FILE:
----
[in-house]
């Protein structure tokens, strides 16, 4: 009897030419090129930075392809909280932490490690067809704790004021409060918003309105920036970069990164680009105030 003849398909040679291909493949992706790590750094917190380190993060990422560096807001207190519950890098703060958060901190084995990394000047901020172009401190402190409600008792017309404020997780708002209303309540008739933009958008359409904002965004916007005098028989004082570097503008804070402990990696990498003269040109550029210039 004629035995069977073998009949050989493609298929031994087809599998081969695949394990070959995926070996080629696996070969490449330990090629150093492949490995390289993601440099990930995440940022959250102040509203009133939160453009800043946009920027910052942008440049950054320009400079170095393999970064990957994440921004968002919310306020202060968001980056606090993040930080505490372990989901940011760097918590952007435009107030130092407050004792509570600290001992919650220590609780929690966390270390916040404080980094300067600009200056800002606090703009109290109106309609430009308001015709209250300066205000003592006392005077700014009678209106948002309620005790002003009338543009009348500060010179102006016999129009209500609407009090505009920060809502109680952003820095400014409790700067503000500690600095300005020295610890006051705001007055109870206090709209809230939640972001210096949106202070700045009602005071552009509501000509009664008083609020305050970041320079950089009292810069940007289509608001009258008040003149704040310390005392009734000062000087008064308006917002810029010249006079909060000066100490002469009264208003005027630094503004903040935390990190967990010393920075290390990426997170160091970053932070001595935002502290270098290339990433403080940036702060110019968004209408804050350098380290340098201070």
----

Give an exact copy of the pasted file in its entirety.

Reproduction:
[in-house]
């Protein structure tokens, strides 16, 4: 009897030419090129930075392809909280932490490690067809704790004021409060918003309105920036970069990164680009105030 003849398909040679291909493949992706790590750094917190380190993060990422560096807001207190519950890098703060958060901190084995990394000047901020172009401190402190409600008792017309404020997780708002209303309540008739933009958008359409904002965004916007005098028989004082570097503008804070402990990696990498003269040109550029210039 004629035995069977073998009949050989493609298929031994087809599998081969695949394990070959995926070996080629696996070969490449330990090629150093492949490995390289993601440099990930995440940022959250102040509203009133939160453009800043946009920027910052942008440049950054320009400079170095393999970064990957994440921004968002919310306020202060968001980056606090993040930080505490372990989901940011760097918590952007435009107030130092407050004792509570600290001992919650220590609780929690966390270390916040404080980094300067600009200056800002606090703009109290109106309609430009308001015709209250300066205000003592006392005077700014009678209106948002309620005790002003009338543009009348500060010179102006016999129009209500609407009090505009920060809502109680952003820095400014409790700067503000500690600095300005020295610890006051705001007055109870206090709209809230939640972001210096949106202070700045009602005071552009509501000509009664008083609020305050970041320079950089009292810069940007289509608001009258008040003149704040310390005392009734000062000087008064308006917002810029010249006079909060000066100490002469009264208003005027630094503004903040935390990190967990010393920075290390990426997170160091970053932070001595935002502290270098290339990433403080940036702060110019968004209408804050350098380290340098201070």